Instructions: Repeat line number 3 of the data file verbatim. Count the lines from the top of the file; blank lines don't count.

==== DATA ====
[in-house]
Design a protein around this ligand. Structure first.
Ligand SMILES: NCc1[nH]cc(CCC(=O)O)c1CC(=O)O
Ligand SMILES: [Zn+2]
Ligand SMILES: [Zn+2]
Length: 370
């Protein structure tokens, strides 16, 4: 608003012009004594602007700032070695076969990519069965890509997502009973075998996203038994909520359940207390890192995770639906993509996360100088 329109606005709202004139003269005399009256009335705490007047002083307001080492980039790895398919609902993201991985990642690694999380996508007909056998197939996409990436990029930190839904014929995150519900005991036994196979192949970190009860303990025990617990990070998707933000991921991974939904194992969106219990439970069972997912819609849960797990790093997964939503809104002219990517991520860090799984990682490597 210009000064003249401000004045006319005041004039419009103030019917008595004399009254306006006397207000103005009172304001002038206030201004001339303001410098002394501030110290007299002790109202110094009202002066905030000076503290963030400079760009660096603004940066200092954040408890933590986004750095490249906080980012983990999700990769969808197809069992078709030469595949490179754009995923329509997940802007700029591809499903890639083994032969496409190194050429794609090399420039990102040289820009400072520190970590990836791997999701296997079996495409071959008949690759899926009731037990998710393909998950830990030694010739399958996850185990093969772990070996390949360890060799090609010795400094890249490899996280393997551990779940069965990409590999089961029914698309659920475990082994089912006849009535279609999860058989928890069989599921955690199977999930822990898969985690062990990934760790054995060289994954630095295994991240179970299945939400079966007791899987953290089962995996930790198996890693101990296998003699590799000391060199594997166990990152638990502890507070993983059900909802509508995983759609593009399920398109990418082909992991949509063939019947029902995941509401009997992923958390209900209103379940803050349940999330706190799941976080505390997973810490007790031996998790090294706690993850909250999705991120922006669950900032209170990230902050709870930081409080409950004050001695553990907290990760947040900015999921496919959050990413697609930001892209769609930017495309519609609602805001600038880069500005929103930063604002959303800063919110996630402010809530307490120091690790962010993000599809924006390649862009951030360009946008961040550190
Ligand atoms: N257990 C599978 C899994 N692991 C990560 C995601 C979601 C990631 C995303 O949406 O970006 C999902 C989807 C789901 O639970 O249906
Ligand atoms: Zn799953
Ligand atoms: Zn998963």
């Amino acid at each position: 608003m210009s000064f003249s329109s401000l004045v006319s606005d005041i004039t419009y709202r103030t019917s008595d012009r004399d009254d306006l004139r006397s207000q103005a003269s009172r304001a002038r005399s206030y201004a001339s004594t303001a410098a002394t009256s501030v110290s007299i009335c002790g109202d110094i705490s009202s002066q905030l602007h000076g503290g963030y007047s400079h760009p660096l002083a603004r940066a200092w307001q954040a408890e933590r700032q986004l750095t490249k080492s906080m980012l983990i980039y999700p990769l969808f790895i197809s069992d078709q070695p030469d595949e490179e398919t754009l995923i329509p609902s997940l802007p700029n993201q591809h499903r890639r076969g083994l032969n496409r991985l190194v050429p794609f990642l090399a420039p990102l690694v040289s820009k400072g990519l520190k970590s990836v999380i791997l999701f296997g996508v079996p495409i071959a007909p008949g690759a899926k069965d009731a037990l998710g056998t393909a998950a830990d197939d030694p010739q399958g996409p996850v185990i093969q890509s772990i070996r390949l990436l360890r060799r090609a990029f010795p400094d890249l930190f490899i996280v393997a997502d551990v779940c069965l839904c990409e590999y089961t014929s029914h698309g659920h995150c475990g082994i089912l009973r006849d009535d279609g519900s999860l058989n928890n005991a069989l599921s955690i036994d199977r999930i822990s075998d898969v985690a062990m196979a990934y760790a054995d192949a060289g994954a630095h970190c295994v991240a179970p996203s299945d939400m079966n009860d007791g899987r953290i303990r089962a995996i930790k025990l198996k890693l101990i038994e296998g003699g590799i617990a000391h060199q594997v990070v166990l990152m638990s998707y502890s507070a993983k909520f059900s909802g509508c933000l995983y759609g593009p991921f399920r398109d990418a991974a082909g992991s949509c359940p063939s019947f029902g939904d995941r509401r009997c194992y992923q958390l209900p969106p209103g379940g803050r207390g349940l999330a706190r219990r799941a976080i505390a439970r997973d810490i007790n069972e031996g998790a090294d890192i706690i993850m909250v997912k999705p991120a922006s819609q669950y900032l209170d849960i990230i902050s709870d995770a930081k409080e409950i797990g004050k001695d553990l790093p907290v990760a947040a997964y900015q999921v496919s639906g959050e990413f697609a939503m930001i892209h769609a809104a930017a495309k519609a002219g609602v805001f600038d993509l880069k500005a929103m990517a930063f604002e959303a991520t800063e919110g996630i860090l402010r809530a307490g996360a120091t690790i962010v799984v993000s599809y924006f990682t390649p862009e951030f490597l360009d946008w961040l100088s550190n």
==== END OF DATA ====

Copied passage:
Ligand SMILES: NCc1[nH]cc(CCC(=O)O)c1CC(=O)O